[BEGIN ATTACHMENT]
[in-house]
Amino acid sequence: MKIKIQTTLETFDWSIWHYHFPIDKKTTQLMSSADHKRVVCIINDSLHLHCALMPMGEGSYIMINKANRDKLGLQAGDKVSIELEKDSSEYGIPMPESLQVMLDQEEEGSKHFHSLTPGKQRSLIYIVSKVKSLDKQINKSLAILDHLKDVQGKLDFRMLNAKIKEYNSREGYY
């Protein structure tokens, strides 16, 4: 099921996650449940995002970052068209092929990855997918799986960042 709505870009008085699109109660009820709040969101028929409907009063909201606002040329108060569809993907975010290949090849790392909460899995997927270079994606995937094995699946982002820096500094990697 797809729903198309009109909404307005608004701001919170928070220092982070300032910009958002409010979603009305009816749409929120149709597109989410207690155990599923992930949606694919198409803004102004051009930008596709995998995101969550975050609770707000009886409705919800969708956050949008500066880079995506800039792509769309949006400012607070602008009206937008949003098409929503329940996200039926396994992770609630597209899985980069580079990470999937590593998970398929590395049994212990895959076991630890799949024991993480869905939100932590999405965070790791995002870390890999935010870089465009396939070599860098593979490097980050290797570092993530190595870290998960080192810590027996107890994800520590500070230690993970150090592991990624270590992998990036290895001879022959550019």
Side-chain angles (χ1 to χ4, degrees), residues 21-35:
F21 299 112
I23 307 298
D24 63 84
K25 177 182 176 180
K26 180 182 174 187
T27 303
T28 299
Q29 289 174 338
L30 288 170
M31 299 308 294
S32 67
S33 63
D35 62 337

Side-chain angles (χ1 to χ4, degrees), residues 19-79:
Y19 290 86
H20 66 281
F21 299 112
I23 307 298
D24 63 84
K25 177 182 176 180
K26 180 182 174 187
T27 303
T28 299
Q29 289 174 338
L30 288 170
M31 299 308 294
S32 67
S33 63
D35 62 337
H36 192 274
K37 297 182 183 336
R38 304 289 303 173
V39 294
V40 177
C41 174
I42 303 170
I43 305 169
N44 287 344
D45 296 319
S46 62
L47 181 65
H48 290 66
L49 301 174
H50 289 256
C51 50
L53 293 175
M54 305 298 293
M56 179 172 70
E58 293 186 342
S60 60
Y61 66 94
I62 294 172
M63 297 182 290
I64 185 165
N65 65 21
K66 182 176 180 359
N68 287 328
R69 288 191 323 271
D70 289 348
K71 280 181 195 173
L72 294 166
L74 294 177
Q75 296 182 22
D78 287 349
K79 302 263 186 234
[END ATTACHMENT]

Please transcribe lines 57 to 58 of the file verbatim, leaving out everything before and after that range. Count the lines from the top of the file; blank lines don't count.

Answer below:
M63 297 182 290
I64 185 165